Insurance coverage

Practical advice: always look for hidden treasure – a class action insurance coverage checklist

When a company learns that it is the subject of a class action lawsuit, insurance coverage may not be a priority, but reviewing the coverage available for the defense and resolution of the case should be a priority. Various insurance policies may provide coverage depending on the underlying claims, even if some of the claims or repairs sought have coverage issues. To ensure businesses are taking full advantage of available coverage and are meeting all notice obligations under insurance policies, it is wise to dust off applicable policies and consult with a coverage advisor.

  • Identify coverages that may apply.
    • Directors and Officers (D&O) Policies: Even for non-securities class action lawsuits, it is worth considering D&O coverage as a potential source of coverage, particularly if the company is private or if an individual director or officer has been named (or may be named) as a defendant.
    • Errors and omissions (E&O) policies: These policies, which provide coverage for claims of alleged negligence or other fault in the provision of services to customers, may be involved in a class action lawsuit alleging that a company failed to has not provided or has misrepresented its services.
    • Cyber ​​Policies: These policies cover class actions alleging, among other things, privacy violations resulting from a data breach or losses resulting from a network outage or service interruption. For some technology companies, this coverage may be provided in the policy containing the errors and omissions coverage mentioned above.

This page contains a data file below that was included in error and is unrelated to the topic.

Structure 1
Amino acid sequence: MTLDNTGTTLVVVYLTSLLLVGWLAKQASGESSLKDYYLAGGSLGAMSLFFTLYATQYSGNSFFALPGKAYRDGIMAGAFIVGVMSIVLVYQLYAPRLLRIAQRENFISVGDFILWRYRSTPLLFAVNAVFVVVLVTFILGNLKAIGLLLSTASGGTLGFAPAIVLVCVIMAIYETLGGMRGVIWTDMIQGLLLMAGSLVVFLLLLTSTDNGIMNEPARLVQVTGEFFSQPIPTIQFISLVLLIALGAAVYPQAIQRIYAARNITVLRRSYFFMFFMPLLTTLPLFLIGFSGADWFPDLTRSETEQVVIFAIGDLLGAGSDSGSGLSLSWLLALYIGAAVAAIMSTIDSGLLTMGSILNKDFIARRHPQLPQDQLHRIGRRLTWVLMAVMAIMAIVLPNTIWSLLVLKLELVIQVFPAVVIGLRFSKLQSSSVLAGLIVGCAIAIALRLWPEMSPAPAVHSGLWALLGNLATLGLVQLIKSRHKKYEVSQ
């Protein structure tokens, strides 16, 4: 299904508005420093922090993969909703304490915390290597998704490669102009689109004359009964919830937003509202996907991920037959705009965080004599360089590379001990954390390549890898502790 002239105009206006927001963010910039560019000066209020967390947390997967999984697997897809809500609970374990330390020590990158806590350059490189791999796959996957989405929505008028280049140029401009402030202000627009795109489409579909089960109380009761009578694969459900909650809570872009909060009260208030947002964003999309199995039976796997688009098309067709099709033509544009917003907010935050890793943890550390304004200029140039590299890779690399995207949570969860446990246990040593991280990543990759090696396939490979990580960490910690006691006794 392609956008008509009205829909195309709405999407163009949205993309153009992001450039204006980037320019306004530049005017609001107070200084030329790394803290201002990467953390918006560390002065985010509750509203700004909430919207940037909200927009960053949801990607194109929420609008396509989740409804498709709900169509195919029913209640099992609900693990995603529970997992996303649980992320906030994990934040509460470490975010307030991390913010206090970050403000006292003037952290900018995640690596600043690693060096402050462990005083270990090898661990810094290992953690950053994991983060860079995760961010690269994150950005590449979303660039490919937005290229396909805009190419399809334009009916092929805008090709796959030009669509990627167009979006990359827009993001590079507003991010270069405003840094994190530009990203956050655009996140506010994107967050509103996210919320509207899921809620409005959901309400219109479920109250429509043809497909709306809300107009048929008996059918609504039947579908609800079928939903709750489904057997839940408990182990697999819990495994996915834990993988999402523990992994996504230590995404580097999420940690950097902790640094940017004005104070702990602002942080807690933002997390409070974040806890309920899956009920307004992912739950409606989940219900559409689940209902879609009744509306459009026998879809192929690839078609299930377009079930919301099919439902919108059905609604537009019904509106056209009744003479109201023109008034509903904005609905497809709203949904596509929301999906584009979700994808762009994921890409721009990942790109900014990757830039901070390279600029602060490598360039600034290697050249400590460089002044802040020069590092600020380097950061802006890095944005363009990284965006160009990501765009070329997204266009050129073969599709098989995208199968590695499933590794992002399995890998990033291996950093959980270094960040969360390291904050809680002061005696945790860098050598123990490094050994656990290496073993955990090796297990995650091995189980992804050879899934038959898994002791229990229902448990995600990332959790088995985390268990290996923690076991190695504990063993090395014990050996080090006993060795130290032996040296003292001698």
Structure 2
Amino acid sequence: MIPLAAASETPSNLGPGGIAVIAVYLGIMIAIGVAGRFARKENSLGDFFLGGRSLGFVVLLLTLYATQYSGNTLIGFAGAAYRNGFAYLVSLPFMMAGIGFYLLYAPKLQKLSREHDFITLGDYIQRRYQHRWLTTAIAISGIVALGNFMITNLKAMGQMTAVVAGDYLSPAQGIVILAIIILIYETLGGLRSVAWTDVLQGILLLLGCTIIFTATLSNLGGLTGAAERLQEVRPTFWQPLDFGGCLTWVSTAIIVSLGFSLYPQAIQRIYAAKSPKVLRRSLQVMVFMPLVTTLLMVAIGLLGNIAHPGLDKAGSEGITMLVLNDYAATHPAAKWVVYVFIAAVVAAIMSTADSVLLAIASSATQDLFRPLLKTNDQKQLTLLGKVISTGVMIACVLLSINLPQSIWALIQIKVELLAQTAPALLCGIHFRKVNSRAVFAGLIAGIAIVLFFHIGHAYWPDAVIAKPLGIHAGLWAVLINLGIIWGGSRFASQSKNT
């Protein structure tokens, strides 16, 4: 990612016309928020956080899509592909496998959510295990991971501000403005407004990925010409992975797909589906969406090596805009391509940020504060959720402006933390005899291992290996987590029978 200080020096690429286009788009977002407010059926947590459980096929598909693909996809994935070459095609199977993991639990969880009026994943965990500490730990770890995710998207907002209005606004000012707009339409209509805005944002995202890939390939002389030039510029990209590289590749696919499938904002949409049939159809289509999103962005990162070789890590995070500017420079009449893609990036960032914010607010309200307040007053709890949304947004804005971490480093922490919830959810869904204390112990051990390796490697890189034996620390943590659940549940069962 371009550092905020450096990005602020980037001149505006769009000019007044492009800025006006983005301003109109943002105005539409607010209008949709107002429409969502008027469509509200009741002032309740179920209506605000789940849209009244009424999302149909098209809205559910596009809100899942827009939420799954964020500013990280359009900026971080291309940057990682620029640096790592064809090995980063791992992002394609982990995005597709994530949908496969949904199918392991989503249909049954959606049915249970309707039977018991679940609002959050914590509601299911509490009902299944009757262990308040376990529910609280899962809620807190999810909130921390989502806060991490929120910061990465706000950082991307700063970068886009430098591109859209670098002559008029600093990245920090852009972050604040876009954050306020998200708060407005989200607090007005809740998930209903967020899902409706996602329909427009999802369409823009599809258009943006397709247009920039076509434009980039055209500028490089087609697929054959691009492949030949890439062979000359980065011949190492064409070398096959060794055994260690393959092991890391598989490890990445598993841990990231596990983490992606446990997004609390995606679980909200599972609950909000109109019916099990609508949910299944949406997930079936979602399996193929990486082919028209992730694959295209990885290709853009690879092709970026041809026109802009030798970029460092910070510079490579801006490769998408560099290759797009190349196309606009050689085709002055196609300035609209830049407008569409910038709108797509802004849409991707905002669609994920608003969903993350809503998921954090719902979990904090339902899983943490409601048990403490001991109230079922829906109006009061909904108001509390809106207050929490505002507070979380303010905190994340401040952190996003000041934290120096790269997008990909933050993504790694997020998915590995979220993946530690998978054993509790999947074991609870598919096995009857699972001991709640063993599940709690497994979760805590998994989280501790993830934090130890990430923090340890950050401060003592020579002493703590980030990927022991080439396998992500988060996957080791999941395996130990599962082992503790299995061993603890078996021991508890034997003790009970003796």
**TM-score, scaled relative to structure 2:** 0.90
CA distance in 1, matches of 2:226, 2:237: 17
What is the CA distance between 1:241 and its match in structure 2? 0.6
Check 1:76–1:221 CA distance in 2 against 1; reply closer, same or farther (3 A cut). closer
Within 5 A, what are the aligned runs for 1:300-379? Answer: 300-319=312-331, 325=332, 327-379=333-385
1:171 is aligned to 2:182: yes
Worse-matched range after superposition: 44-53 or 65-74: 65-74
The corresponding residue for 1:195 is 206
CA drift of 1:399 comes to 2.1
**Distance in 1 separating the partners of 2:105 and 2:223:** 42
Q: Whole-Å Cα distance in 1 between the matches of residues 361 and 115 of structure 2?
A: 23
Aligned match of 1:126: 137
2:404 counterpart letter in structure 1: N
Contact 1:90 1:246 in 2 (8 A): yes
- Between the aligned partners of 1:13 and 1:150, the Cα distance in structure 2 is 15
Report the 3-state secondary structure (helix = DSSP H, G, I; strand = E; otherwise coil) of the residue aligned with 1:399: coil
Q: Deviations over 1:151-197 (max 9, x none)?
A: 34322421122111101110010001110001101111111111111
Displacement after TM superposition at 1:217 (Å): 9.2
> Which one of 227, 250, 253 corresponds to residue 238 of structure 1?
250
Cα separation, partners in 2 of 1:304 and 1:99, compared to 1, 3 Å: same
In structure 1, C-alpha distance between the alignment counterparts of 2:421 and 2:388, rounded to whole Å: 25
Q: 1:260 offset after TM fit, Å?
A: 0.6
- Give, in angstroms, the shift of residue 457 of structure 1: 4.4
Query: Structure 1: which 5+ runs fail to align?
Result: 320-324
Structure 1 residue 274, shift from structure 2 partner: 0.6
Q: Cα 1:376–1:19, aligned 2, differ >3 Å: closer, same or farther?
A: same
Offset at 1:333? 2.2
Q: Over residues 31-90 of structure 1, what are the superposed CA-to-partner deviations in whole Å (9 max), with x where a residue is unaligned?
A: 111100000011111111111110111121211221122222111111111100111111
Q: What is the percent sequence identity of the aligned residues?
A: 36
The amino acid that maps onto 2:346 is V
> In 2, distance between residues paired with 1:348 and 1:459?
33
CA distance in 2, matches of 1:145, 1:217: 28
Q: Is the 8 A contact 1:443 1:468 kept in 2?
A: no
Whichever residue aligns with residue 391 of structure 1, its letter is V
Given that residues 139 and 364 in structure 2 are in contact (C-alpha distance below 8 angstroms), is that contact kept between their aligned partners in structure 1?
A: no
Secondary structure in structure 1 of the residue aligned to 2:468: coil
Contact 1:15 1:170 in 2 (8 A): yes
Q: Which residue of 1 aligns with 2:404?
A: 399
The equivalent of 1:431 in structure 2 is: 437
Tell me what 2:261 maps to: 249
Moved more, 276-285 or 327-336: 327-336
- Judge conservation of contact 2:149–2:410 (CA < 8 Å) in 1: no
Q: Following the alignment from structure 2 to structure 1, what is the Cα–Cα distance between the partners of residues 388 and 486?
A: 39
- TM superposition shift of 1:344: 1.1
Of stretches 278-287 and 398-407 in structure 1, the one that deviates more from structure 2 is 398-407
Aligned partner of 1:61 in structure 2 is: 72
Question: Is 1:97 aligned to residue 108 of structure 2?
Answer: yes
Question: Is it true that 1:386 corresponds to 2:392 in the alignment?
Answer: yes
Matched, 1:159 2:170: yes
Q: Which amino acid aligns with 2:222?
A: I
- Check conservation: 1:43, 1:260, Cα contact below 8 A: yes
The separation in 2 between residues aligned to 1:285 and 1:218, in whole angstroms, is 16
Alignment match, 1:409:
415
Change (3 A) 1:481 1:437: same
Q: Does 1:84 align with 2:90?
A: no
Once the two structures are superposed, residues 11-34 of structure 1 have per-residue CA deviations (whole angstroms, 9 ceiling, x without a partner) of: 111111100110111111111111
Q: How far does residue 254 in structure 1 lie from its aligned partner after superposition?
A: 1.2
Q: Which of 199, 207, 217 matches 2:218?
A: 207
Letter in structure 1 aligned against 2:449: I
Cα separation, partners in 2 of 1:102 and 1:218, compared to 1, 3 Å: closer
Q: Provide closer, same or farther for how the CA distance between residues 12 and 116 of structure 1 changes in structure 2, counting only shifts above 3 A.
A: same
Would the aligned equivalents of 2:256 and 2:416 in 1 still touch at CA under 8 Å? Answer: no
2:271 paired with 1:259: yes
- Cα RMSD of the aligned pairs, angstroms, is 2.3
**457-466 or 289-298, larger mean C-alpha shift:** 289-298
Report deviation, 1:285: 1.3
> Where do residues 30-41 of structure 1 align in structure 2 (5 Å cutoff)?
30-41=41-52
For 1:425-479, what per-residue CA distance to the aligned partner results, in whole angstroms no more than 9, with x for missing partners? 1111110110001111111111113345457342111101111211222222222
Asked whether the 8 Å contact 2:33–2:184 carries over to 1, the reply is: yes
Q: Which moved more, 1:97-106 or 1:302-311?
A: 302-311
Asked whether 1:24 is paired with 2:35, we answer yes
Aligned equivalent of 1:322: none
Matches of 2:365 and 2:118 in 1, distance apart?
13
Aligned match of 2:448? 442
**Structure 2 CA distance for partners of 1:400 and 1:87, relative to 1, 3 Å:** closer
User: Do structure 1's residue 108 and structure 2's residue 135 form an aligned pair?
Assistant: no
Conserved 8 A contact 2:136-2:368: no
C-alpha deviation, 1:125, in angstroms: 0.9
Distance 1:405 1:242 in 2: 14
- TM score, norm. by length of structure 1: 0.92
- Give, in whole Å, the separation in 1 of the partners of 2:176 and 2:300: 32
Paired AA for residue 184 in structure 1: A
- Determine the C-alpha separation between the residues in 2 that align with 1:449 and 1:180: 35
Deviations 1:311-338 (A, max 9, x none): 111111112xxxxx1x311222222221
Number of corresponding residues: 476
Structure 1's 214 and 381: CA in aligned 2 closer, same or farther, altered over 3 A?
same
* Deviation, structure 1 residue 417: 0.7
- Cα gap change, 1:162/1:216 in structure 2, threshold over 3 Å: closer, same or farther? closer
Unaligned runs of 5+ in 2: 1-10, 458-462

• General Liability: Covering property damage and bodily injury to third parties, this coverage can be triggered by product liability claims.
  • Determine notification requirements.
    • Insurance policies include notice requirements indicating when the policyholder must notify the insurer of a claim (or potential claim). This notification provision is particularly important when dealing with “claims made” policies such as D&O, E&O and cyber policies where coverage is triggered based on the date of the underlying claim (as opposed to the date of the alleged injury) – to ensure that notice is provided during the current policy period. Insurers often refuse to cover defense costs incurred before notification of a claim, so it is useful to provide prompt notice.
  • Consider the implications of coverage for legal defense decisions and settlements.
    • One of the most valuable coverages provided by triggered policies may be the obligation to defend or the obligation to advance the defense costs of the insurer. But defense coverage often comes with provisions that the insurer may choose defense counsel or must consent to the insured’s choice of counsel, which can lead to early disagreements with the insurer. However, an insurer does not have an absolute right to choose a lawyer, particularly where the insurer has reserved the right to deny cover on certain matters, so it is important to consult a cover lawyer to find out how to react. .
    • Similarly, it is common for policies to require the policyholder to obtain the consent of the insurer before entering into a settlement or even offering a settlement. If the underlying putative class action lawsuit presents an opportunity for early settlement, it is crucial to notify the insurer and work with a cover attorney to position the settlement for coverage.

Businesses should also keep in mind that even if a class action may not immediately appear to be the type of claim covered by its insurance policy, or even if it appears to be excluded, it may still be covered for defense costs. Indeed, in most policies, the availability of defense cost coverage is determined by the allegations in the complaint and is triggered if any claim in the complaint is potentially covered. This means that even if the main subject matter of the action is a claim which may not be covered, if there is a potentially covered claim somewhere in the complaint, the policyholder may be able to recover the defense costs for the entire action.

In short, insurance coverage exists for the costs associated with class action lawsuits, even if it is not immediately apparent. Businesses invest in insurance coverage to protect against unexpected events, such as facing a class action lawsuit, and they shouldn’t be too quick to overlook the potential benefits that this investment can bring.